Graham Higgins Illustration - Literate Graffiti Dept.

Archive for July, 2011

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July 29, 2011

29-6-11 Wholly Hollesley

Hollesley 2011
Years ago I had a call from an editor at DC comics in New York to say he’d be out of the office for a few days, visiting friends in Reno. I know nothing about Reno except it sounded like it belonged in a Western and I said as much; American place names very often have a ring of myth about them missing from Cleethorpes, Basingstoke or Runcorn.
He pointed out that when he was touring in the UK he’d find himself asking for directions to towns marked on the map as Little St. Mary’s Under Ditheridge which turned out to be pronounced Lambsditch. That was part of the romance of British geography for an American.
Months ago I was invited to experience the Hollesley Ukulele Jamboree 2011 in Suffolk. I only found after I’d parked the car on site that it’s pronounced Hoseley. I don’t know what my New York colleague would’ve made of nearby Ho’sly Be’ach.
I don’t know either how many have to be gathered together to constitute A Festival. I’m reminded of a Bill Tidy cartoon ‘Oh come on, Ghengis, we only need one more to make a horde’. A couple of hundred in all, enthusiasts plus friends and family?
The HUJ gathers in a holiday camping-site. You can walk easily around it in about five minutes. Step out of the car and you hear ukulele strums near and far like birdsong. Lay out a sheet of music to strum and sing and within minutes you’re likely to be surrounded by wandering uke-ists like sparrers drawn to a bird-table.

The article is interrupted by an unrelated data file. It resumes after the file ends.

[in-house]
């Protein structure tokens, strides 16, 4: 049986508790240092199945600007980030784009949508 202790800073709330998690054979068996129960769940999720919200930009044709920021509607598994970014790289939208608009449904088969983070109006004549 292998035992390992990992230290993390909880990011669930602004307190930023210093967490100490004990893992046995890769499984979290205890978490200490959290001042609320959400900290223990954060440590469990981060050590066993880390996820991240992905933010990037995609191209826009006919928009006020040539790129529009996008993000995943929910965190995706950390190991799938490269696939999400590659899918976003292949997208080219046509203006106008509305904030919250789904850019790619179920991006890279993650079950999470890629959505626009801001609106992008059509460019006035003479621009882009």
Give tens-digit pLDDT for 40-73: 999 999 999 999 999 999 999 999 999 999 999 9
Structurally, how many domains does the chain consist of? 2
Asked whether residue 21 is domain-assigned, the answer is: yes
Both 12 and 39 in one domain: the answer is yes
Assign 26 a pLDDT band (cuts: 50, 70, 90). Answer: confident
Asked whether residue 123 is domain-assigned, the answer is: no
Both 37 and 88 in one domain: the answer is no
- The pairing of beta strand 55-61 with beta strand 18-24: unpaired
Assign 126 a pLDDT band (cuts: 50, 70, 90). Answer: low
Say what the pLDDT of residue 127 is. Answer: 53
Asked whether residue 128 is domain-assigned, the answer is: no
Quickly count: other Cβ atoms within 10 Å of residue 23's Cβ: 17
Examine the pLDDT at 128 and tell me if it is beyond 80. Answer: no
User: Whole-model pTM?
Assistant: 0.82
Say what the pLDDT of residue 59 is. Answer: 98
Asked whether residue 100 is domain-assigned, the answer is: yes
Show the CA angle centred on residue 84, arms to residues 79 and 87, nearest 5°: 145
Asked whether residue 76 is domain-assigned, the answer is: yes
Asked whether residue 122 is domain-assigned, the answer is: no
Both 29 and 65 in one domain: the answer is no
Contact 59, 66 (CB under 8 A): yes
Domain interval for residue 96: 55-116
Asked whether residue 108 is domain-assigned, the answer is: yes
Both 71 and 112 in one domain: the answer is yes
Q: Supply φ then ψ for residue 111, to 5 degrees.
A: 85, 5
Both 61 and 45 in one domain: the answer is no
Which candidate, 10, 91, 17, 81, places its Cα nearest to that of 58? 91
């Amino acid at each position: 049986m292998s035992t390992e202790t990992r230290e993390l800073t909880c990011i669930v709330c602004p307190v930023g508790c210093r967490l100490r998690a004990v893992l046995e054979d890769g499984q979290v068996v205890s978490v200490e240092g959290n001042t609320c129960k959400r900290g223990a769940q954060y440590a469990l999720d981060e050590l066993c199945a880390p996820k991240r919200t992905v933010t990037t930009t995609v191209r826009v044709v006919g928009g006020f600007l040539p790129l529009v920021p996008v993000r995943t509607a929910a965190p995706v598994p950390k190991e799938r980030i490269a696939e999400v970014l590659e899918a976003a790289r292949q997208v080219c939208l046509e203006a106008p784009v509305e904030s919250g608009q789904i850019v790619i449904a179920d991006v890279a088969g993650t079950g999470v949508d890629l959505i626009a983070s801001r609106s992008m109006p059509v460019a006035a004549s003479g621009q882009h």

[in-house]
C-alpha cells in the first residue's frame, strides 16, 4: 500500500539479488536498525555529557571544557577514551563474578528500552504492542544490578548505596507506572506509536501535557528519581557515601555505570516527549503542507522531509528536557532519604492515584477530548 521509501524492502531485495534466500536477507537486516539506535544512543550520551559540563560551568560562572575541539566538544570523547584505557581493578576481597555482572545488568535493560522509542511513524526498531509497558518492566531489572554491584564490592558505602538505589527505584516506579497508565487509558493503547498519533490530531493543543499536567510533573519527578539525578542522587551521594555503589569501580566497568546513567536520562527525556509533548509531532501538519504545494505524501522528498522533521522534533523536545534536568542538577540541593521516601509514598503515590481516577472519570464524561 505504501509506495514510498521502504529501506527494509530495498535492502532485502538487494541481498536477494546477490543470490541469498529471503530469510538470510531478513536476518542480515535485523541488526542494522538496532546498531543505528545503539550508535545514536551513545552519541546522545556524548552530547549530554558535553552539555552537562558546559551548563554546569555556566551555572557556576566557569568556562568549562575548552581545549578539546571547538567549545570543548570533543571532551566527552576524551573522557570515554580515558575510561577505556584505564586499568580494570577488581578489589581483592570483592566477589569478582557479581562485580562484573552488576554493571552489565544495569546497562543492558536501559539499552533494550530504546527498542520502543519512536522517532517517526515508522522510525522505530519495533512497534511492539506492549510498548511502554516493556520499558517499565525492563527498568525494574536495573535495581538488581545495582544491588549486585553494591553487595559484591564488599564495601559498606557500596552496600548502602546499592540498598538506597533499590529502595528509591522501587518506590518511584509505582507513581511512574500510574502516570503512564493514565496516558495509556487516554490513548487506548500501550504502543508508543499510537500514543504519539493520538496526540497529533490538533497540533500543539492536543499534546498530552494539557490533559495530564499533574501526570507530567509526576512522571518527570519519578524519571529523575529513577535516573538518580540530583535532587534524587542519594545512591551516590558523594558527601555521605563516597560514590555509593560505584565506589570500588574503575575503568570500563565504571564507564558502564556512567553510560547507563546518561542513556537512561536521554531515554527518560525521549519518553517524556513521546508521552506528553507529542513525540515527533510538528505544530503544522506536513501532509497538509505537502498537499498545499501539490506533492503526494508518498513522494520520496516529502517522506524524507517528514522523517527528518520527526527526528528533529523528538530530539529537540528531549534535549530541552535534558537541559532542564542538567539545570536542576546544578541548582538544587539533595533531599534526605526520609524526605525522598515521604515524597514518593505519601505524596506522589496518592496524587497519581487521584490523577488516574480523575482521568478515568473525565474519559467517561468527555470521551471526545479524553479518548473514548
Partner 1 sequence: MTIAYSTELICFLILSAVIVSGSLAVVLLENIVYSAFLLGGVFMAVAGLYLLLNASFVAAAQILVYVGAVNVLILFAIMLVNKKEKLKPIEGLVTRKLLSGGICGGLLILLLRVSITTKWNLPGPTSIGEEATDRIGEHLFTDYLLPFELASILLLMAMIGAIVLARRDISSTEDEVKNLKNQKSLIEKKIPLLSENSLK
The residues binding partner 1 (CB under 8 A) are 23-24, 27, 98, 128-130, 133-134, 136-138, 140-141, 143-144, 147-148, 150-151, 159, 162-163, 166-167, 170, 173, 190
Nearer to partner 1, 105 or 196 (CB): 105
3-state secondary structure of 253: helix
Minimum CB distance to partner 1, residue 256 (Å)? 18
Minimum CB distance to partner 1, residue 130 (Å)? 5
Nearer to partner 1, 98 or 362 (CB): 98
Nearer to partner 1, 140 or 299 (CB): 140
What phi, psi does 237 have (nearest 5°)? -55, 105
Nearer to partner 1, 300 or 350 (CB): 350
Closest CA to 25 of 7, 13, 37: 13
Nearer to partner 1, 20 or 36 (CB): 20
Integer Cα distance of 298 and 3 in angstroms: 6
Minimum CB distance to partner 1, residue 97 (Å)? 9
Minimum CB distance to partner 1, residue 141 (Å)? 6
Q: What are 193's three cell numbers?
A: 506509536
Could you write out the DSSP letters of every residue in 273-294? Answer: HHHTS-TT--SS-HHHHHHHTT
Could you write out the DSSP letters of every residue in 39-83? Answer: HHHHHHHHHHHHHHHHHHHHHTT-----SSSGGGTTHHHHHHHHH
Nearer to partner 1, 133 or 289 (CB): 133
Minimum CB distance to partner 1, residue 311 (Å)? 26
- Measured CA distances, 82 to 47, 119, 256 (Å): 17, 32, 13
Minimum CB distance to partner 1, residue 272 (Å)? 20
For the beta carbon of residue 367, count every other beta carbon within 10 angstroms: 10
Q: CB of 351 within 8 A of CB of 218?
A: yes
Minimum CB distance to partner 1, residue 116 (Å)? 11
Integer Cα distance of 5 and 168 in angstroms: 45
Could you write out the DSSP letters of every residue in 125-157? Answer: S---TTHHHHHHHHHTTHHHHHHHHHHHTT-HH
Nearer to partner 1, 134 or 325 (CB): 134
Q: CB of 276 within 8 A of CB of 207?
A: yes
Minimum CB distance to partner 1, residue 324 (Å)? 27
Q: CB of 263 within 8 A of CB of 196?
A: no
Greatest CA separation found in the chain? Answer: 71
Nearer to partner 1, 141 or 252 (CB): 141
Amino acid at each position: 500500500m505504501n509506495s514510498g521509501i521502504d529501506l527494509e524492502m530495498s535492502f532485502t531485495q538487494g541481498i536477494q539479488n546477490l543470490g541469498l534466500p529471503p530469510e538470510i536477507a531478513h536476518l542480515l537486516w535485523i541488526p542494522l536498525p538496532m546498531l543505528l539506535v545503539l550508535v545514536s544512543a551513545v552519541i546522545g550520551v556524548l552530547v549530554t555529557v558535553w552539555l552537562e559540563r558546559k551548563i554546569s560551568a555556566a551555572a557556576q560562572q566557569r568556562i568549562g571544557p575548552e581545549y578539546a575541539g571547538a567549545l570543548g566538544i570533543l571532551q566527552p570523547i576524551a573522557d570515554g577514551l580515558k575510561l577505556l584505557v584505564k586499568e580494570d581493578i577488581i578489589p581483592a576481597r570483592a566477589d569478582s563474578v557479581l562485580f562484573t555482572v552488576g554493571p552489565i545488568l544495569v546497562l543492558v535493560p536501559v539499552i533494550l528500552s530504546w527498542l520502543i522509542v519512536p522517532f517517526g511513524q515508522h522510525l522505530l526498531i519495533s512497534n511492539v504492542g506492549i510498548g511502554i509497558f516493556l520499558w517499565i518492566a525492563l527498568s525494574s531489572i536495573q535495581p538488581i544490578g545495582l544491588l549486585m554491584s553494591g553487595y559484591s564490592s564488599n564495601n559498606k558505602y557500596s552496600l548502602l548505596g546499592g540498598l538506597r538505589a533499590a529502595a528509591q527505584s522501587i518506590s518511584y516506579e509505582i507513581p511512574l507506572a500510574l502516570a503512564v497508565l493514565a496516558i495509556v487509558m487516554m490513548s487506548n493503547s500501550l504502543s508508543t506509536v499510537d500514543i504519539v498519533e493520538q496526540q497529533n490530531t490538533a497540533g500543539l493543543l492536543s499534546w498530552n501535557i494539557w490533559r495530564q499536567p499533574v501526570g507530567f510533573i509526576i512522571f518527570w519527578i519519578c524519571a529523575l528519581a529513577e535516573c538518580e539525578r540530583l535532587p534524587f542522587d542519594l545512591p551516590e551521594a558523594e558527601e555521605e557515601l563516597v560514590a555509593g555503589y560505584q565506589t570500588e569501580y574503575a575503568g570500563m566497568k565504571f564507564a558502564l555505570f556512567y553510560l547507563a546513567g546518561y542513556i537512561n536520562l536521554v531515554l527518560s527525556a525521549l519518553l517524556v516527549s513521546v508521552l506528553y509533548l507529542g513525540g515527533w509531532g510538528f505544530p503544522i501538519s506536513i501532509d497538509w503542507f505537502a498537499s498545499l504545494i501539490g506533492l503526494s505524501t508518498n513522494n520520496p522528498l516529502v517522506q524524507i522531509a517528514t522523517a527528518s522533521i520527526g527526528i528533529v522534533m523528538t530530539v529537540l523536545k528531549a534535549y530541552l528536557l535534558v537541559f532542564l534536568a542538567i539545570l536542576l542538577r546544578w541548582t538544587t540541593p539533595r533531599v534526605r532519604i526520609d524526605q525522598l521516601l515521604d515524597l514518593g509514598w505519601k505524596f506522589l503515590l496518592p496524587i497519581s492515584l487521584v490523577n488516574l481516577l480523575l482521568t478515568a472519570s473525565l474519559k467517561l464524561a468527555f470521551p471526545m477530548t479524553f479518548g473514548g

As at similar gatherings of scooter-clubs and hot-car modifiers, punctuating the buskathon there are intense show-and-tell discussions between ukuluthiers about the handbuilt variations they’ve assembled and displayed on builders’ online forums.
Clifford has found cunning ways to use laser-cutters and in one experiment has pressed a Citroen hub-cap into service as a resonator cone; Sven has travelled from Sweden with his family and acts as a consulting field-surgeon to a steady trickle of enthusiasts, refining their instruments with a kit including teeny-weeny luthiers’ planes you could use as Monopoly pieces; deals are made over sheets and short planks of Suitable Wood for necks and facias; arcane know-how is exchanged about how unlikely bric-a-brac and salvage can be assembled and coaxed to yield music. Cigar-boxes are pretty routine, oil-cans aren’t unknown.
Electric ukes are a bit marginal in these circles, as electric planks would be at guitar-builders’ conventions; electric instruments share characteristics of the acoustic versions but behave very differently. Their design is more to do with getting the circuitry and the action right than making the wood sing. You can buy off-the-shelf acoustic Flying-V’s and Les Paul cutaway novelty ukes but they’re not known for great sound. There’s a whole area of extravagant whimsy yet to be explored here; my left-handedness has preserved me from several thousand pounds I might have squandered on ooh-shiny boys’ toys flashing their fetching curves and luscious paint-jobs from music-shop racks.